• Shaun Johnson 14 hours ago

    If anyone has ever kept up with Lady Gaga in the media, she has always been very clear about who she is referencing. A big part of her act is the appropriation of pop cultural history. DUH! We have seen her take on Madonna, David Bowie, David Byrne, Leigh Bowery, Queen Elizabeth I, everyone. Orlan, you're a visual artist. Leave the thievery to actual thugs.

  • MaximusNYC 15 hours ago

    A meat dress, a head on a table, facial prosthetics -- none of these are new ideas. Gaga didn't invent them. Neither did Orlan. They were all done by Dadaists and Surrealists in the '20s and '30s... and probably painted by Hieronymous Bosch before that.

  • Mike Jarvis 18 hours ago

    Well if you look at a lot of Orlan's images, it's obvious that she "borrowed" from African tribes people..

  • Yuberniz Yubi Orengo 19 hours ago

    Not insinuating that Gaga is a genius or anything, clever at the most honestly, but they do say "Talent Borrows. Genius Steals". But honestly, this doesn't look like straight up forgery to me, no one would confuse an Orlan piece with a Lady Gaga music video. I honestly think she knew of these concepts, was inspired by them, and used them to market herself and her music successful. I really get the feeling that the artist's are seeing her massive success and wishing for the tons of money she has for using very similar visuals. But, as much as I would honestly want to, call it a forgery. (Granted these are successful artists, but there's a difference between a successful contemporary artist and a household name like Gaga.)

  • Nicole 20 hours ago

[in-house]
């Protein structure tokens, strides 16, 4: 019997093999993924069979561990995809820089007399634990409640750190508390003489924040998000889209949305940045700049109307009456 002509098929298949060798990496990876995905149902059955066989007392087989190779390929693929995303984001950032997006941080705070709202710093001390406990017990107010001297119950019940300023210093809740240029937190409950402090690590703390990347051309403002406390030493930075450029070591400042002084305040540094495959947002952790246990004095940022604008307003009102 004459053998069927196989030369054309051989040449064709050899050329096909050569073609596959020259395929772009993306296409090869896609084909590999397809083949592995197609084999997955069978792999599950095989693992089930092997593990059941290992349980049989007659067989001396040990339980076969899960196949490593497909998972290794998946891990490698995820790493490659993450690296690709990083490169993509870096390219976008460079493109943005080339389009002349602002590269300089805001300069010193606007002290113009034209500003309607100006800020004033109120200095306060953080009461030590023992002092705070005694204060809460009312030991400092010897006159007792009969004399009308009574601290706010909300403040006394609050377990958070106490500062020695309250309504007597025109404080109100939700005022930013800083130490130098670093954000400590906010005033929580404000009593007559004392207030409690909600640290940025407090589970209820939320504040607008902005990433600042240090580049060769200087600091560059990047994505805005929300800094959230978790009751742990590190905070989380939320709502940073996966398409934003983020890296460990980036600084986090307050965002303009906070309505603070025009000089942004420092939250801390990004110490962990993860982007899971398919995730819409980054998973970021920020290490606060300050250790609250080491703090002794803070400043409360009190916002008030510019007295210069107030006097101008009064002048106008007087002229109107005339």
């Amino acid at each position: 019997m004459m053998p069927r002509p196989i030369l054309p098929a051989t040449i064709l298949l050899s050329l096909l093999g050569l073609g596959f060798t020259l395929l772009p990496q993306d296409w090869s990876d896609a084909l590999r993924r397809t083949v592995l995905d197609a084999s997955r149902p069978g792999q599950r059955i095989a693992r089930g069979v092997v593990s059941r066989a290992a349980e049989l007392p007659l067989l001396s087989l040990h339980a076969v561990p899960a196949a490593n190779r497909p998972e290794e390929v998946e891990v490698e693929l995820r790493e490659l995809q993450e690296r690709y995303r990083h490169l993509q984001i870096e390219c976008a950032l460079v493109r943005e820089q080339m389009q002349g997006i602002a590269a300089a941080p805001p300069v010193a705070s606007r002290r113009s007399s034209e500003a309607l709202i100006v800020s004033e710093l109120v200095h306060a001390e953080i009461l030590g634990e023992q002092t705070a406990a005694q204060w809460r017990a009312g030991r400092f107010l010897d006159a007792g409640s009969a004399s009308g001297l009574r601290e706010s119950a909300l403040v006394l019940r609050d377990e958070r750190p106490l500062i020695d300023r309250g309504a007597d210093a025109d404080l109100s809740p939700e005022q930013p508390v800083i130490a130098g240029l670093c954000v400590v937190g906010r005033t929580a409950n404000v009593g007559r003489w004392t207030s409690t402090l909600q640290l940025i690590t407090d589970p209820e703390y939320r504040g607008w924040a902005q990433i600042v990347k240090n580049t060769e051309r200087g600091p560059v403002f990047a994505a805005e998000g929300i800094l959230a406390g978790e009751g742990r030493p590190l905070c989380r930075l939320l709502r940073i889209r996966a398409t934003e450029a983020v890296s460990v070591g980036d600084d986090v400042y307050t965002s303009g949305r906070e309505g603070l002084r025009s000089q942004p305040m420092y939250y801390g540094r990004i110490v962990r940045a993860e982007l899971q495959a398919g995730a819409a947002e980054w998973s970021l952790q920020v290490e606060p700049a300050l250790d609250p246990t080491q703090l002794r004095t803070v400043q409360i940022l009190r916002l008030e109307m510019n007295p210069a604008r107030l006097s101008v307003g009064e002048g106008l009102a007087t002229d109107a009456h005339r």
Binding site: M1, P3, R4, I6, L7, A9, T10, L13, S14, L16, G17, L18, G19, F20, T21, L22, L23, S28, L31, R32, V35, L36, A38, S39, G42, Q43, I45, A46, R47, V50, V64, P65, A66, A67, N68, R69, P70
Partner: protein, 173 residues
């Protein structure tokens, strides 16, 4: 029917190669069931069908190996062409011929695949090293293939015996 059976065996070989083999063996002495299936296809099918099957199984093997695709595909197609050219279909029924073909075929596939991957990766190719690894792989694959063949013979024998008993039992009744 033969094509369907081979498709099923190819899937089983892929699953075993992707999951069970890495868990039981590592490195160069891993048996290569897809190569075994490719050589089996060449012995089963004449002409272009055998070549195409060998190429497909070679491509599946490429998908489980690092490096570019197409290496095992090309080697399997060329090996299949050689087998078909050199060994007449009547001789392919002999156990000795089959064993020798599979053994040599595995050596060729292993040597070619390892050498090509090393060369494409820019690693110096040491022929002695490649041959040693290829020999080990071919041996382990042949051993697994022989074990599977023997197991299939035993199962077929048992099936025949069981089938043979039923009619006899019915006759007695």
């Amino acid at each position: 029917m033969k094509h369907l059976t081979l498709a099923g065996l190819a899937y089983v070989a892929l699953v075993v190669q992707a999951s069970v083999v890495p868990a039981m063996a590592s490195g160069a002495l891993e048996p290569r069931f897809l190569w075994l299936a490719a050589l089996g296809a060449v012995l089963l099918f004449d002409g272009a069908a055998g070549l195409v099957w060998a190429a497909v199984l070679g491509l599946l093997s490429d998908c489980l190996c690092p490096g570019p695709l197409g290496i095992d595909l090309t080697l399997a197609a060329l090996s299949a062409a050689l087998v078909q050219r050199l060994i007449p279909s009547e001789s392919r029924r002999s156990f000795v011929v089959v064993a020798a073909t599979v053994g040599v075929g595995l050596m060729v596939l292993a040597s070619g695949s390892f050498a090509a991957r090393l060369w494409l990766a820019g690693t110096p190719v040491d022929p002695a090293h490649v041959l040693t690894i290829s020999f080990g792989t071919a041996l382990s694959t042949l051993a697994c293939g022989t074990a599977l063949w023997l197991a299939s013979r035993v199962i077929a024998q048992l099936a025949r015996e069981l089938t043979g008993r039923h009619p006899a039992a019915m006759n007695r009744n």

I feel like this legal argument raises a series of questions on the nature of "forgery," regardless of the specifics of Orlan's case. Does the act of forgery necessarily need to be intentional? If, let's say, Gaga came up with her artistic concepts in a vacuum (I have no idea if she was previously aware of Orlan's work but it seems likely that she was) could she still theoretically be a forger? Does forgery imply trying to pass off the work as actually BEING the original, and if so, would that also extend to trying to pass off the work as being actually BY the original artist? Does a successful forgery or reproduction need to achieve a certain high level of resemblance to the original such that, say, a layperson would not be able to tell the difference between forgery and original? If so, I would say that Gaga's works are clearly NOT successful forgeries, as nobody would be likely to actually confuse the two works. They seem to fit more closely within the legally permitted parameters for appropriation in the US. "Forging concepts" seems impossibly vague. Concepts, as opposed to individual works of art or very specific ideas, seem to me to be wide open for interpretation, expansion, or expression by others. That's how human beings communicate.
    I'm very curious to see what other people think, and how this unfolds in court.

    • Helen Glazer Nicole 2 hours ago

      That was what I was thinking, too. I don't see how this meets the legal definition of forgery if she's not trying to pass off the sculptures as the work of Orlan. I thought a forgery was when someone makes a Picasso-like painting, signs it Picasso, and try to sell it to an unwitting buyer as a genuine Picasso.